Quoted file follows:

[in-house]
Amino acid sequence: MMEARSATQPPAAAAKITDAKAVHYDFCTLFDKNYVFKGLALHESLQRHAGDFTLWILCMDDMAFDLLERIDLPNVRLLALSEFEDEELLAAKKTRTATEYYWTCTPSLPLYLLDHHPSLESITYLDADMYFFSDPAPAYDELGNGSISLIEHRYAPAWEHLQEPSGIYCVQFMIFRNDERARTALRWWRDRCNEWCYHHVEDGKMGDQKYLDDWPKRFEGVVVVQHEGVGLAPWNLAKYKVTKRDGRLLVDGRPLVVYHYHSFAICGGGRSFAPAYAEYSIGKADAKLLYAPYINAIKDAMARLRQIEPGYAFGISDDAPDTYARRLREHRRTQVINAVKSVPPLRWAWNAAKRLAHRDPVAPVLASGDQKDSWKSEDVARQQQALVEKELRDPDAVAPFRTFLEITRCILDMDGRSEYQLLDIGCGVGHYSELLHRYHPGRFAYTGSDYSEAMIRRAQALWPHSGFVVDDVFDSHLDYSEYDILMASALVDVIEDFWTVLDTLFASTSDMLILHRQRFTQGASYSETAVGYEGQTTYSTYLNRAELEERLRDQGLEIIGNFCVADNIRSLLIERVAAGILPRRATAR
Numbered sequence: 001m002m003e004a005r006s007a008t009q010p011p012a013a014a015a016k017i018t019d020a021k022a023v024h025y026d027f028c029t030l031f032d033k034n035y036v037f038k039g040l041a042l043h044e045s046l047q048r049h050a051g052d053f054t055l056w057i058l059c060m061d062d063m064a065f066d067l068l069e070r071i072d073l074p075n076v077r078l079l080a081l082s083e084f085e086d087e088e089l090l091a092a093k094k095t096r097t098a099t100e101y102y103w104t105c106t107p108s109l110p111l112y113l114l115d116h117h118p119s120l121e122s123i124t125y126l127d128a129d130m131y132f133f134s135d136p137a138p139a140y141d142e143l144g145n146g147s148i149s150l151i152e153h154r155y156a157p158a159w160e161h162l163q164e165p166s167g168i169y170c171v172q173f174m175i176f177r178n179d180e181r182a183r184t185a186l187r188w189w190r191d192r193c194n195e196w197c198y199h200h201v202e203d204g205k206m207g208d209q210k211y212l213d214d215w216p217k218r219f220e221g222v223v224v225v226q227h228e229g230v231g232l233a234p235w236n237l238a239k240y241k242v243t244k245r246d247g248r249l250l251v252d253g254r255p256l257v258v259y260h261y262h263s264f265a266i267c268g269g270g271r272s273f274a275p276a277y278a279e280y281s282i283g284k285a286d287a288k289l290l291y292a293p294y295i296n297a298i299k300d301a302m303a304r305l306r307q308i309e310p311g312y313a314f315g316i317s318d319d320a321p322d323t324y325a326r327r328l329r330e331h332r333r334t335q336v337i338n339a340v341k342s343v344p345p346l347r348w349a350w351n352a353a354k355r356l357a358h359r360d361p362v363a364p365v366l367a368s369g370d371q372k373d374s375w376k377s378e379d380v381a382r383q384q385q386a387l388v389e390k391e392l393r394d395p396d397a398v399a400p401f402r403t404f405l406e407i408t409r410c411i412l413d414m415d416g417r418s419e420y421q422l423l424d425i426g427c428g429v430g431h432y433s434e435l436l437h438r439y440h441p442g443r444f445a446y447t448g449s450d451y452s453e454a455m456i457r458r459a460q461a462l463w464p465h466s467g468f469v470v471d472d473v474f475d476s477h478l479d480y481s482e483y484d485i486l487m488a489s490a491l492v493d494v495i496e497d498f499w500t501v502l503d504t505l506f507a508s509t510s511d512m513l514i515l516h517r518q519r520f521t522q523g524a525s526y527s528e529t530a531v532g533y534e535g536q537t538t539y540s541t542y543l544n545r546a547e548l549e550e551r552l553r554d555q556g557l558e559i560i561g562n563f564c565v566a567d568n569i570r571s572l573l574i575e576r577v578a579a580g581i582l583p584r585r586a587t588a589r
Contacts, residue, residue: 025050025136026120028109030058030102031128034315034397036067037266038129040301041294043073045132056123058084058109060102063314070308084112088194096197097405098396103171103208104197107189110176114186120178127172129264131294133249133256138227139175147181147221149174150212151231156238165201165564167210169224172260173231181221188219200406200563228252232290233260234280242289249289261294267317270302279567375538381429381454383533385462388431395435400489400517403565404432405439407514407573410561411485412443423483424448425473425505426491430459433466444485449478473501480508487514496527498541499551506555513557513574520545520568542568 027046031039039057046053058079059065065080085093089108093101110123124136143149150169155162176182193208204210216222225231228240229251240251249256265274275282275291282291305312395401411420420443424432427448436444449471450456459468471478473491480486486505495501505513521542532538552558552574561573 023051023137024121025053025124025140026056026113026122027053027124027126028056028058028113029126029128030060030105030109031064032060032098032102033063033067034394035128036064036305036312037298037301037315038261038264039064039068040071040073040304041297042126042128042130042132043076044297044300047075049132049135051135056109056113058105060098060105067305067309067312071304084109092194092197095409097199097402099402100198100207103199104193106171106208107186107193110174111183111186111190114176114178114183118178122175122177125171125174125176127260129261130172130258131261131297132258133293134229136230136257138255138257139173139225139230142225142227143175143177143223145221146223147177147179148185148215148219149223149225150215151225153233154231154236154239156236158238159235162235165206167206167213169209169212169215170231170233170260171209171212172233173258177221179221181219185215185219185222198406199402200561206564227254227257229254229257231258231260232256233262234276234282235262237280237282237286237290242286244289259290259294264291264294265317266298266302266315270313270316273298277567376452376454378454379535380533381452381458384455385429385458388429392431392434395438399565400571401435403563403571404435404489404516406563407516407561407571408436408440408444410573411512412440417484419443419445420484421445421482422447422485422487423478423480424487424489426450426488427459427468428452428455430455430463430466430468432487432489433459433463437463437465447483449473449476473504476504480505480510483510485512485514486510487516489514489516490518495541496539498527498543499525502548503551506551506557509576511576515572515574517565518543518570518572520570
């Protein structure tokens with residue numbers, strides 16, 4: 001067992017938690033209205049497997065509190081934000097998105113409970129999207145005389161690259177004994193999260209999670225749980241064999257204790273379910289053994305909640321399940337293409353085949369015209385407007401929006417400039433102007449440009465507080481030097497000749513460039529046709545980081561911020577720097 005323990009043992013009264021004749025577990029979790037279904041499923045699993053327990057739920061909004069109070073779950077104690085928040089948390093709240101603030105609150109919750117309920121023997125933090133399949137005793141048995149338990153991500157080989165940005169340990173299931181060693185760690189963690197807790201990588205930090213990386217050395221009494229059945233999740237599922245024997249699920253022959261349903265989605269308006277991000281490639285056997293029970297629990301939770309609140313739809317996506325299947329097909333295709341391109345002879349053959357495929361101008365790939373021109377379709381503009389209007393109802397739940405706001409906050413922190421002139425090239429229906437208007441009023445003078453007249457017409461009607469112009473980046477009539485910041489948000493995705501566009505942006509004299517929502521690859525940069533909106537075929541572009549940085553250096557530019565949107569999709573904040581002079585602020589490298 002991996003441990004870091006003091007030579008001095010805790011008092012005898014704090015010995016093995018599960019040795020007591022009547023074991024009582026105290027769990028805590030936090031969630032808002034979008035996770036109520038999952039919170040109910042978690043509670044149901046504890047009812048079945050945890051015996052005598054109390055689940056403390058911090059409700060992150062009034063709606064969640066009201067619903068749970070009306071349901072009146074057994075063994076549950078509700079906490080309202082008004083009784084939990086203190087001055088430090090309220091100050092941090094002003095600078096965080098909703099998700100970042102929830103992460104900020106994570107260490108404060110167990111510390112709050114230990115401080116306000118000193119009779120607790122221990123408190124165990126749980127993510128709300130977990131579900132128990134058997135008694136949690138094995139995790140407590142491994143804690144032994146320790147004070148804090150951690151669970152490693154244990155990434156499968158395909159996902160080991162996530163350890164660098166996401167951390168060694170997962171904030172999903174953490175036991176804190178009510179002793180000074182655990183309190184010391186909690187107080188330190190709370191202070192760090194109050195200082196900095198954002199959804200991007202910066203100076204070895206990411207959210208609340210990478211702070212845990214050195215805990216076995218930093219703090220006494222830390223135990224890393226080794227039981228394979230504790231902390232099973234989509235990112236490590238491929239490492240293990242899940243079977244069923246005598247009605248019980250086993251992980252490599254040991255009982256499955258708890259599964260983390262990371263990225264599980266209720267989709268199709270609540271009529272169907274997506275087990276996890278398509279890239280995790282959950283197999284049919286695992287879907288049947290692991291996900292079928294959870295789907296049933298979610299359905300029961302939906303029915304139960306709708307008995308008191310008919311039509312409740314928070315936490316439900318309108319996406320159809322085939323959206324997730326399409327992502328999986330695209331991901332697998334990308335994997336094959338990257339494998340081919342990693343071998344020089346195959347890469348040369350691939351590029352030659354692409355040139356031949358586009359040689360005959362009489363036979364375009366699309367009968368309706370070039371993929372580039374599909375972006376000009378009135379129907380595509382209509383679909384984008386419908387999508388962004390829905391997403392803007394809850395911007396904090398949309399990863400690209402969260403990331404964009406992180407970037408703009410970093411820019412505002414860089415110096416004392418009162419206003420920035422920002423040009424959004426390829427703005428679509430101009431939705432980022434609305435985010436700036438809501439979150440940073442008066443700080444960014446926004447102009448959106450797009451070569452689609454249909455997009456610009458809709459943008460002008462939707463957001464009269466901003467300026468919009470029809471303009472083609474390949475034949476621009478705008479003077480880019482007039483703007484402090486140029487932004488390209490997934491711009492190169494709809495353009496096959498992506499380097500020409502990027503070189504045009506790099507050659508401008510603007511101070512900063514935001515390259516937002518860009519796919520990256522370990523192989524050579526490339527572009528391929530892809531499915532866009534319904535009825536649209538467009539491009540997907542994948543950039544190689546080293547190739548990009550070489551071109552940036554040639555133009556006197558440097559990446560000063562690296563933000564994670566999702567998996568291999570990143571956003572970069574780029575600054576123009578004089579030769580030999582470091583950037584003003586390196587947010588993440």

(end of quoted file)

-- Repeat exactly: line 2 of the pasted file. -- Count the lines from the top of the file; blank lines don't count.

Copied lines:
Amino acid sequence: MMEARSATQPPAAAAKITDAKAVHYDFCTLFDKNYVFKGLALHESLQRHAGDFTLWILCMDDMAFDLLERIDLPNVRLLALSEFEDEELLAAKKTRTATEYYWTCTPSLPLYLLDHHPSLESITYLDADMYFFSDPAPAYDELGNGSISLIEHRYAPAWEHLQEPSGIYCVQFMIFRNDERARTALRWWRDRCNEWCYHHVEDGKMGDQKYLDDWPKRFEGVVVVQHEGVGLAPWNLAKYKVTKRDGRLLVDGRPLVVYHYHSFAICGGGRSFAPAYAEYSIGKADAKLLYAPYINAIKDAMARLRQIEPGYAFGISDDAPDTYARRLREHRRTQVINAVKSVPPLRWAWNAAKRLAHRDPVAPVLASGDQKDSWKSEDVARQQQALVEKELRDPDAVAPFRTFLEITRCILDMDGRSEYQLLDIGCGVGHYSELLHRYHPGRFAYTGSDYSEAMIRRAQALWPHSGFVVDDVFDSHLDYSEYDILMASALVDVIEDFWTVLDTLFASTSDMLILHRQRFTQGASYSETAVGYEGQTTYSTYLNRAELEERLRDQGLEIIGNFCVADNIRSLLIERVAAGILPRRATAR